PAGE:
Omo­toso’s style courts con­tro­versy

Flam­boy­ant out­fits court con­tro­versy

Sunday World - - Front Page - By Meta Mphahlele mphahlelema@sun­day­

As Nige­rian pas­tor Ti­mothy Omo­toso’s rape trial re­sumed at the East­ern Cape High Court in Port Eliz­a­beth on Thurs­day, the flam­boy­ant pas­tor rocked up in court with a bright silky, shiny sky-blue jacket with match­ing san­dals with up­turned tips.

Since the be­gin­ning of the trial the charis­matic Omo­toso has rocked up in court with colour­ful out­fits of­ten only seen worn by run­way mod­els mak­ing fash­ion state­ments.

There was a pais­ley print pur­ple tuxedo jacket teamed with a frilly high-col­lared shirt that set tongues wag­ging on so­cial me­dia about the ap­pro­pri­ate­ness of his avant-garde style and flam­boy­ant pos­tur­ing.

Many on so­cial me­dia ex­pressed their dis­ap­proval of the pas­tor, with some say­ing that his flam­boy­ance should have been a clear mes­sage for con­gre­gants to run for their lives.

One per­son on Twit­ter posted a pic­ture of Omo­toso in the white vin­tage shirt, cap­tioned, “This isn’t a Hal­loween cos­tume, it’s a real mon­ster dress code”.

What irked the pub­lic more is how the pas­tor rocks up in court, Bible in hand, with a big smile on his face.

Je­sus Do­min­ion In­ter­na­tional Church leader Omo­toso and his two ac­cused are fac­ing 63 charges and 34 al­ter­na­tive charges that in­clude rape, sex­ual as­sault and rack­e­teer­ing.

On Thurs­day, Omo­toso’s le­gal team lost their bid to have the judge in the case, Man­dela Makaula, re­cuse him­self on the ba­sis that he seemed to have acted in a sym­pa­thetic man­ner to­wards wit­ness Ch­eryl Zondi dur­ing her tes­ti­mony.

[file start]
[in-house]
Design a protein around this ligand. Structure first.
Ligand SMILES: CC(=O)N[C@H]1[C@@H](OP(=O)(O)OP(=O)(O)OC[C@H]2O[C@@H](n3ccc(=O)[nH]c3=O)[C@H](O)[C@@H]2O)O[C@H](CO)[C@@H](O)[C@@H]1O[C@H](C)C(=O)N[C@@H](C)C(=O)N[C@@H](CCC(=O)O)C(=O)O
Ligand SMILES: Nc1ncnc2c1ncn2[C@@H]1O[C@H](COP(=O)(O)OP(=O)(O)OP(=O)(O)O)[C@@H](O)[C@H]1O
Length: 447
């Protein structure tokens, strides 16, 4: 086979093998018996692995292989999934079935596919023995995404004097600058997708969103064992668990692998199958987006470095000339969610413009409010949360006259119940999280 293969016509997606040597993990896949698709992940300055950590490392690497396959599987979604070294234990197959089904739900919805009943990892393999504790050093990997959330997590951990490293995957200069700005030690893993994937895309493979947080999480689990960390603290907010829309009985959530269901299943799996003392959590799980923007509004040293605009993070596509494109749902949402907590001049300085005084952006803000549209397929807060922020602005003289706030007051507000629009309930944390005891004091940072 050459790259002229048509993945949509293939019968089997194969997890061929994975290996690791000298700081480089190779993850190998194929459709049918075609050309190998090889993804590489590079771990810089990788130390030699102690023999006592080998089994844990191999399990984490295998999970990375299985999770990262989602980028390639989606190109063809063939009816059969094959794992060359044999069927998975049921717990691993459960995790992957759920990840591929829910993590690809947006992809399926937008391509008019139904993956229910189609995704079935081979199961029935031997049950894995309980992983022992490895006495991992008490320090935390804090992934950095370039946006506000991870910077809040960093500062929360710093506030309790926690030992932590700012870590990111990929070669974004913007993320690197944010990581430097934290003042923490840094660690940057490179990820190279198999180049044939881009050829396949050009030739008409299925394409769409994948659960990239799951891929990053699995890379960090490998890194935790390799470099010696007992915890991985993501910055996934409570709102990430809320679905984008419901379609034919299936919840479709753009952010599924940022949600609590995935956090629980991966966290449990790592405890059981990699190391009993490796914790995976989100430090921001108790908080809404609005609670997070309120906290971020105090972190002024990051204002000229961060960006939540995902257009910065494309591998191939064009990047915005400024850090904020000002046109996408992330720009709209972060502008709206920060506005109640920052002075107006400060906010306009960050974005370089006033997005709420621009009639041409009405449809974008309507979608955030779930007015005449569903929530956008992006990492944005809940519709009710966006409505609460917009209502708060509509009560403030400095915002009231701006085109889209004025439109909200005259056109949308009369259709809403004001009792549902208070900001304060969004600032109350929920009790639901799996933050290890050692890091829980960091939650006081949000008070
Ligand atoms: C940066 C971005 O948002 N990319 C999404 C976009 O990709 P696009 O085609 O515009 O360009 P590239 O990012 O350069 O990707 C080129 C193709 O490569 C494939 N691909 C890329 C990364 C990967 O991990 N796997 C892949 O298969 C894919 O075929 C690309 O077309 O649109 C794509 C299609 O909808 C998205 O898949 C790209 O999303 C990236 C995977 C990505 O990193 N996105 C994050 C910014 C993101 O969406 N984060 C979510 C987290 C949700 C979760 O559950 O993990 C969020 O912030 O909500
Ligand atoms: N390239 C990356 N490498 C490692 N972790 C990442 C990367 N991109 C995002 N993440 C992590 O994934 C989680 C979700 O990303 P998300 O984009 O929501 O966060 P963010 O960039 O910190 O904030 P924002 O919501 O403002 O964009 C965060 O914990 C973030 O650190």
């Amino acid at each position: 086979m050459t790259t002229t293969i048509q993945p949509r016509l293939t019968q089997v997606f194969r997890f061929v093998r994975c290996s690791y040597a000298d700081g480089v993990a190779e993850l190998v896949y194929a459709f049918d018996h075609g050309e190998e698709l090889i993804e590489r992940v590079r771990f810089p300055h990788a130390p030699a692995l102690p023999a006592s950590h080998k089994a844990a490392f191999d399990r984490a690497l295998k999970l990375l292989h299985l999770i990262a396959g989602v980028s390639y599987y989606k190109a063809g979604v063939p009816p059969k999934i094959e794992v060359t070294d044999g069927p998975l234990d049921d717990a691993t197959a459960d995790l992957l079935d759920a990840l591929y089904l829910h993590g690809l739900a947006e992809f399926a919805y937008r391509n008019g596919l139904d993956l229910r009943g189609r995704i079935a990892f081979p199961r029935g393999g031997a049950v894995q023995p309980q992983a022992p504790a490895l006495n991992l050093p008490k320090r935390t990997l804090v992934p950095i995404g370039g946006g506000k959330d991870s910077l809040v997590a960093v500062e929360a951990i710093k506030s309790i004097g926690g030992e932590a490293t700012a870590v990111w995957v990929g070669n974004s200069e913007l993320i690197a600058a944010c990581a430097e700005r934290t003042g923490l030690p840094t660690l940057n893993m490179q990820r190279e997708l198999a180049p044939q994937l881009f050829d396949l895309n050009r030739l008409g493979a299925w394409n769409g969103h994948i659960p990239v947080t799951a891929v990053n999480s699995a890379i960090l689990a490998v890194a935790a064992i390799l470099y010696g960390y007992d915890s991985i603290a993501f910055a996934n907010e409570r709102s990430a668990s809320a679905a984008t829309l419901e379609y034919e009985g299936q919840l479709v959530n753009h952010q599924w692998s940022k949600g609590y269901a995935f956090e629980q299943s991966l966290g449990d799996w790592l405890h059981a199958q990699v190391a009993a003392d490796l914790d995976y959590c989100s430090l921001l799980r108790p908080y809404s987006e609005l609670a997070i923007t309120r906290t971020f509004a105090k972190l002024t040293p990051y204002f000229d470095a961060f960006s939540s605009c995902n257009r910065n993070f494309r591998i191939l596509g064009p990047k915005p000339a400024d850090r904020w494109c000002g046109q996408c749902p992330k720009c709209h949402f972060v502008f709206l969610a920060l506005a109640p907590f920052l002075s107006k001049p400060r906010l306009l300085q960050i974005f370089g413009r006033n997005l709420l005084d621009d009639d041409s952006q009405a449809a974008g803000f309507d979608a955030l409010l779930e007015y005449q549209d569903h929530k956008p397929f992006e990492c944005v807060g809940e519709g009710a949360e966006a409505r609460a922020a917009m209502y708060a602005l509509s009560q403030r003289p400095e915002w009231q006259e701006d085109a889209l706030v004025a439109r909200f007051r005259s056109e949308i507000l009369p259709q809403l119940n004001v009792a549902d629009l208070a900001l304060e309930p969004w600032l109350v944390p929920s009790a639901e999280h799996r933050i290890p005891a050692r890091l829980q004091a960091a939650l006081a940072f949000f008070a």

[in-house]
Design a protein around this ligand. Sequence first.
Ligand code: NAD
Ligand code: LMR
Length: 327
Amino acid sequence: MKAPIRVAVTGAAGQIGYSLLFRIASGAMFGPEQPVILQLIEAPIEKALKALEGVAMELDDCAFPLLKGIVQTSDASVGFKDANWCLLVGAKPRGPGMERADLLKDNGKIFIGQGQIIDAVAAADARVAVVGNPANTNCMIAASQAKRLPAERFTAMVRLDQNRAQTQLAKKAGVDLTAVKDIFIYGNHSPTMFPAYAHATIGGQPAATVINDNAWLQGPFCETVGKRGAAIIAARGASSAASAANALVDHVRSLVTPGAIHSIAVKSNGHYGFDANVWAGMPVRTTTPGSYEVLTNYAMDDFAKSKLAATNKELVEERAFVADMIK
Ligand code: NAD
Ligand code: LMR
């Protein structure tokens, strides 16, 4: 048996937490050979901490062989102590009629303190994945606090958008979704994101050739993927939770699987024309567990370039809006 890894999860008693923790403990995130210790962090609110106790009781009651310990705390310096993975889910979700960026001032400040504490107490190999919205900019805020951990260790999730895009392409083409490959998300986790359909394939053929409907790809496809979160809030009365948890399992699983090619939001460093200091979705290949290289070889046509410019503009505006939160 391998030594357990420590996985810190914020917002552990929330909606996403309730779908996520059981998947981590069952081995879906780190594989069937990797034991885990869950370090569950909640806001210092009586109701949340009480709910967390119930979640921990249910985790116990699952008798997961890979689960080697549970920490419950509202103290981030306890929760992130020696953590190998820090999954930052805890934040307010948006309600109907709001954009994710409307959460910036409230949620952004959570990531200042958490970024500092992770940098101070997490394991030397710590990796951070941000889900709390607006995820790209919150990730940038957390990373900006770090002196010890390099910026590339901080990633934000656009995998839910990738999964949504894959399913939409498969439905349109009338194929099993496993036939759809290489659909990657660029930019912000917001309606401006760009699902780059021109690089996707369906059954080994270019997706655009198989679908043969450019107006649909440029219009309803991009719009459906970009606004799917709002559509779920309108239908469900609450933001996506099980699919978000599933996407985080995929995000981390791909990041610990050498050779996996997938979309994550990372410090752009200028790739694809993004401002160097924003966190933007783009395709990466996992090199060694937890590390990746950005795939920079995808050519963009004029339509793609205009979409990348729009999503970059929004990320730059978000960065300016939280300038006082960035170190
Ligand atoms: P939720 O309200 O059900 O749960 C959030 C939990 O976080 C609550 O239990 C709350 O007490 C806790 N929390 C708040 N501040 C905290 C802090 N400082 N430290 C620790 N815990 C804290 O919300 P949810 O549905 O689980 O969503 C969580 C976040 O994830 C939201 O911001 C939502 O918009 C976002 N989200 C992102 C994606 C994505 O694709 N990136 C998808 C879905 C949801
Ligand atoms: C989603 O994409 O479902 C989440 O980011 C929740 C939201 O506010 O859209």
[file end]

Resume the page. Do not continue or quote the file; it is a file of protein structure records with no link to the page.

When asked if the way Omo­toso dresses to court could have an im­pact on the sen­tenc­ing, an at­tor­ney Nor­man Mon­t­jane from law firm K Mon­t­jane In­cor­po­rated in Tem­bisa, said even though wit­nesses or peo­ple on trial have to look pre­sentable in court, there is no pre­scribed at­tire to at­tend court.

He said though some peo­ple may have dif­fer­ent views re­gard­ing Omo­toso’s colour­ful at­tire, it must also be con­sid­ered that his dress sense may be in­flu­enced by where he comes from, say­ing the dress sense of peo­ple in Nige­ria can be more colour­ful.

How­ever, Mon­t­jane noted that con­sid­er­ing the sen­si­tiv­ity of the case and se­ri­ous charges Omo­toso is fac­ing, his de­meanour in court shows no re­morse.

“It is advisable to wear nor­mal [a muted], less colour­ful suit to court but still they can­not in­flu­ence the judge’s de­ci­sion or the rul­ing,” said Mon­t­jane.

“Whether the clothes show de­meanour of the wit­ness or per­son stand­ing trial, I have not seen cases were clothes were used as a mit­i­ga­tion of a sen­tence,” he added.

Omo­toso’s case will re­sume on Tues­day.

/Pho­tos/ Eu­gene Coet­zee and Werner Hills

Rape ac­cused Nige­rian pas­tor Ti­mothy Omo­toso has caused a storm on so­cial me­dia for the out­landish out­fits he wears in court dur­ing his trial in Port Eliz­a­beth.

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